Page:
What kind of email is "Adobe Scan"?
After investigating this "Adobe Scan" email, we determined that it is spam. The letter makes false claims regarding a document scanned using the Adobe Scan scanner app and sent to the recipient. The goal of this phishing mail is to deceive users into disclosing their email account log-in credentials.
"Adobe Scan" email scam overview
The spam email with the subject "Adobe Scan Dec 05, 2023.pdf" (may vary) states that a file has been sent to the recipient. The document was created using the Adobe Scan scanner application.
It must be stressed that the information provided by this email is false, and this mail is not associated with Adobe Inc. or any of its products/services. This fake "Adobe Scan" letter promotes a phishing website disguised as an email account sign-in page. This site records entered information (i.e., log-in credentials) and sends it to scammers.
The threat exceeds the loss of an email; these accounts are commonly used to register other content – hence, the cyber criminals may hijack it as well.
To elaborate, scammers can steal the identities of social account owners (e.g., emails, social networking/media, messengers, etc.) and ask the contacts/friends/followers for loans or donations, promote scams, and proliferate malware by sharing malicious files/links.
Furthermore, stolen finance-related accounts (e.g., online banking, money transferring, e-commerce, cryptowallets, etc.) can be used to make fraudulent transactions and online purchases.
In summary, by trusting an email like "Adobe Scan" – users may experience serious privacy issues, financial losses, and even identity theft.
If you have already entered your log-in credentials into a phishing webpage – immediately change the passwords of all potentially compromised accounts and inform their official support.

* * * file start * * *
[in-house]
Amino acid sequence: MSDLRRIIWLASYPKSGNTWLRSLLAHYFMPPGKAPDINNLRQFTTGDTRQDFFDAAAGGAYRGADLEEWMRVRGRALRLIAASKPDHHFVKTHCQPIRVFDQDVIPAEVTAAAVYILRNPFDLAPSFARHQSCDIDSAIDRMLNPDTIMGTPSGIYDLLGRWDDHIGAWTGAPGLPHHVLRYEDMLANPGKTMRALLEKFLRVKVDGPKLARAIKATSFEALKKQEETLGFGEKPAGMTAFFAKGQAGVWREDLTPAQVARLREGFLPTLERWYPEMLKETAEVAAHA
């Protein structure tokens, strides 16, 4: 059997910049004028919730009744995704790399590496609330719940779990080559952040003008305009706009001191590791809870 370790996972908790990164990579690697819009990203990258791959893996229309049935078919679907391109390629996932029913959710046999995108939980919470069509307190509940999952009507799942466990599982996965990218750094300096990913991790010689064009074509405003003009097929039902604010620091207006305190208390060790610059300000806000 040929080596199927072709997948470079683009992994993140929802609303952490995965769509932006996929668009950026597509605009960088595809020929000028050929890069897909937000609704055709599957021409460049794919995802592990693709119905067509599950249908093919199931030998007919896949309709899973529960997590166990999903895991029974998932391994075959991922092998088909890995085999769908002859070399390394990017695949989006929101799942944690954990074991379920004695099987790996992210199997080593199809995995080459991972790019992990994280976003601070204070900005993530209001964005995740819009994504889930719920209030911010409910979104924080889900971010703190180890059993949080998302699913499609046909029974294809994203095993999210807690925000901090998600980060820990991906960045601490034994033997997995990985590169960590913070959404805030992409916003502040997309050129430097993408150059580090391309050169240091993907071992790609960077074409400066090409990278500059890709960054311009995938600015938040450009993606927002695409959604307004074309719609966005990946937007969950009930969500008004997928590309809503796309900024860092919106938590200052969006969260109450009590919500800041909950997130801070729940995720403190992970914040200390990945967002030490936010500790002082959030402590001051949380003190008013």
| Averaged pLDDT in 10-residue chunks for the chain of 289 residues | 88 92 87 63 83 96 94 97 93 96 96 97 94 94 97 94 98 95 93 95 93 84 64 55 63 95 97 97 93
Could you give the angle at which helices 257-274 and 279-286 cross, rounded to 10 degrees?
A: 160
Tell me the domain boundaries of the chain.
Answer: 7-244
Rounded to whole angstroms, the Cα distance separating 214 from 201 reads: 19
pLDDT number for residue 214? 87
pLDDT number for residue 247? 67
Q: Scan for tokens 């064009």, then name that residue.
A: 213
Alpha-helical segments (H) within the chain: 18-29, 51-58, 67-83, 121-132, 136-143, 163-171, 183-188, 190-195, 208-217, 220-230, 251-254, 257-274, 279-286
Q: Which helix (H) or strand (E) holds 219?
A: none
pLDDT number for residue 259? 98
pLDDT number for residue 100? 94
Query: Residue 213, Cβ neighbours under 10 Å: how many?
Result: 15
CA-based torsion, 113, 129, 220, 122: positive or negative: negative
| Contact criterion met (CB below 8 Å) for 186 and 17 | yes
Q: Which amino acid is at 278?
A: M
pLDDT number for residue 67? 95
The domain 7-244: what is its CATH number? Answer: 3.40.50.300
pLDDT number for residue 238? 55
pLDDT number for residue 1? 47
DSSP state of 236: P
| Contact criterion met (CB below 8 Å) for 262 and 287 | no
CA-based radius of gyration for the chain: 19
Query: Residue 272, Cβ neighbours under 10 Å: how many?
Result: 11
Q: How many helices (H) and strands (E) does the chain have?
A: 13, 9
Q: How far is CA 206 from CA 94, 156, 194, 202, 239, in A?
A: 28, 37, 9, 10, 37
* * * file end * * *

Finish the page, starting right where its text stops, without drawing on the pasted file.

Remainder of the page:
|"Adobe Scan" phishing email
|Phishing, Scam, Social Engineering, Fraud
|Recipient has been sent a document created via Adobe Scan.
|Detection Names (scan-adobe[.]top)
|Avira (Phishing), CRDF (Malicious), alphaMountain.ai (Spam), Full List Of Detections (VirusTotal)
|Serving IP Address (scan-adobe[.]top)
|Unauthorized online purchases, changed online account passwords, identity theft, illegal access of the computer.
|Deceptive emails, rogue online pop-up ads, search engine poisoning techniques, misspelled domains.
|Loss of sensitive private information, monetary loss, identity theft.
|Malware Removal (Windows)
To eliminate possible malware infections, scan your computer with legitimate antivirus software. Our security researchers recommend using Combo Cleaner.
Phishing spam campaign examples
"IPS Pending Package Delivery", "Incoming Mail Notification", "DHL Unpaid Duty", and "Microsoft Security Team - Password Expiration" are just a few examples of phishing emails we have investigated recently.
Aside from this type of scam, spam is also used to promote sextortion, callback, refund, lottery, inheritance, service cancellation/renewal, and various other kinds of schemes. Additionally, deceptive mail is utilized in malware distribution.